All Images are judged on the following 10 criteria


1. IMPACT: The initial things the judges are looking for is IMPACT and a STRONG first impression. If the image is forgettable, then it will most likely not be rewarded well. If the image slaps the judges in their faces so that they will never forget it, then chances are you are well on your way to a good score. The impact and originality of the image creates the WOW factor for the judges. Your everyday work may be consistent and salable but may not do well in competition. What might win the hearts of your clients may not necessarily win the hearts of the judges. Originality with great execution is highly rewarded. Perhaps an entry has been created well but its impact is lessened because it has been seen before and arguably created more effectively. Make the judges ask themselves, “Why didn’t I think of that?”  

2. PRESENTATION
: How you present and name your image is as important as how you capture them. Canvases and borders can be used to enhance your image however this may not be necessary as a strong image may stand out by itself. 

3. CREATIVITY: 
How you express your imagination in the concept you want to communicate with your photo is called creativity. Does your image demonstrate an original idea, message or vision that you did more than just copy some other photographer’s style? Does it have a fresh style and not something seen repeatedly? Is the background different or unique? Is your posing creative? Does your image show a unique perspective or a different angle? Creativity is what separates us from other photographers or artist. 

4. CENTER OF INTEREST: The center of interest is that part of the image which attracts the mind. The focal point is that area of an image that attracts the eye. An example: The Rule of Thirds is a geometric method used to help find the most interesting area of the composition. Using the Rule of Thirds to create a center of interest will help in producing a successful image. Of course, the rule of thirds is not always necessary when creating a powerful image, however, is used most frequently for many successful images. Other techniques can be applied to enhance your images… How you bring the viewer’s attention to the desired area of the image is paramount. Remember, the brightest part of the image should be the artist’s desired point of interest.  

5. COMPOSITION: Composition, cropping and point of interest of an image are ways that you can elevate your entry from ordinary to extraordinary. Composition is important when designing or preparing the image. Bringing an image together with all its visual elements, helps prompt the viewer to look where the maker intended. Effective composition can help tell the story.

Image by - Peter Rooney CP
Image Name - The Mummy
Category, Class - P8 

 


6. LIGHTING:
 Accomplishing perfect exposure whether you are using artificial or natural light is extremely important when it comes to crafting detail and depth of field which expresses an image. Lighting is the key to creating images with the mood you intended them for. Proper use of lighting helps enhance your photo. Understanding quality of light can help you arrange your natural light capture during the best time for natural light conditions. If using studio or controlled lighting, understanding quality of light and what you can accomplish with the equipment you have, is a tool that can help take your image to the next level. Not using light source to its fullest potential can hurt images in that they may washed out or too dark or flat and without the depth of field needed to create a strong image. Proper lighting also facilitates the noise issue which many digital photographers may struggle with.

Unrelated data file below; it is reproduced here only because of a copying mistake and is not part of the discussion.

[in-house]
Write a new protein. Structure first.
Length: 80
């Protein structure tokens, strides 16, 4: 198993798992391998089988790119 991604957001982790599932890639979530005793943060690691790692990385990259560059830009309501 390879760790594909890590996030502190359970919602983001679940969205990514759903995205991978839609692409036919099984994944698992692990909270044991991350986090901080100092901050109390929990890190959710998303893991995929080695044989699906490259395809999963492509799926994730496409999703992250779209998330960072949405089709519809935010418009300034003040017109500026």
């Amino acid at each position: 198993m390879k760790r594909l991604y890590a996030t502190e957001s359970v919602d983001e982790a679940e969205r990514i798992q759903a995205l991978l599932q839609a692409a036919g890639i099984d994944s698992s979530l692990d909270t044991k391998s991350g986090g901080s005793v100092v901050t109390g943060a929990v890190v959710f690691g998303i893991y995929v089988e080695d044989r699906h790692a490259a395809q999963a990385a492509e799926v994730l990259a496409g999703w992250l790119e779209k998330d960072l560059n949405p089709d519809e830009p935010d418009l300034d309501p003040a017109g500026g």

7. TECHNIQUE:
 The method used to create the image is called the Technic. Show the judges your artistic eye and what you can do with the Technic or Technics chosen for your image. Be aware of what elements you can use to create your vision.

8. STORY TELLING: Emotion, Story and Communication: Remember that every element in your image should help convey the desired message and story of the subject matter to the viewer of your image. Is the story apparent or does it have just enough mystery to inspire the judges to draw their own unique conclusion? Photography is an art, right? Art is defined as a form of communication. So, the more effective you communicate your message to the viewer, your art is more understood and therefore rewarded.


9. IMAGE CAPTURE:
 In camera focus and exposure: These steps celebrate the craft the photographer executed “in camera” from elementary things as desired focus to correct exposure to the difficulty of achieving the desired result “in camera.”


10. POST-PRODUCTION
: Poor post-production is usually the first negative thing judges notice. This includes lack of detail in highlights and shadows, flat black tones, over sharpening, unreal HDR, poor color, poor skin retouching, etc... “Invisible Photoshop” is usually the best approach, meaning that evidence of what you have done in postproduction is not apparent.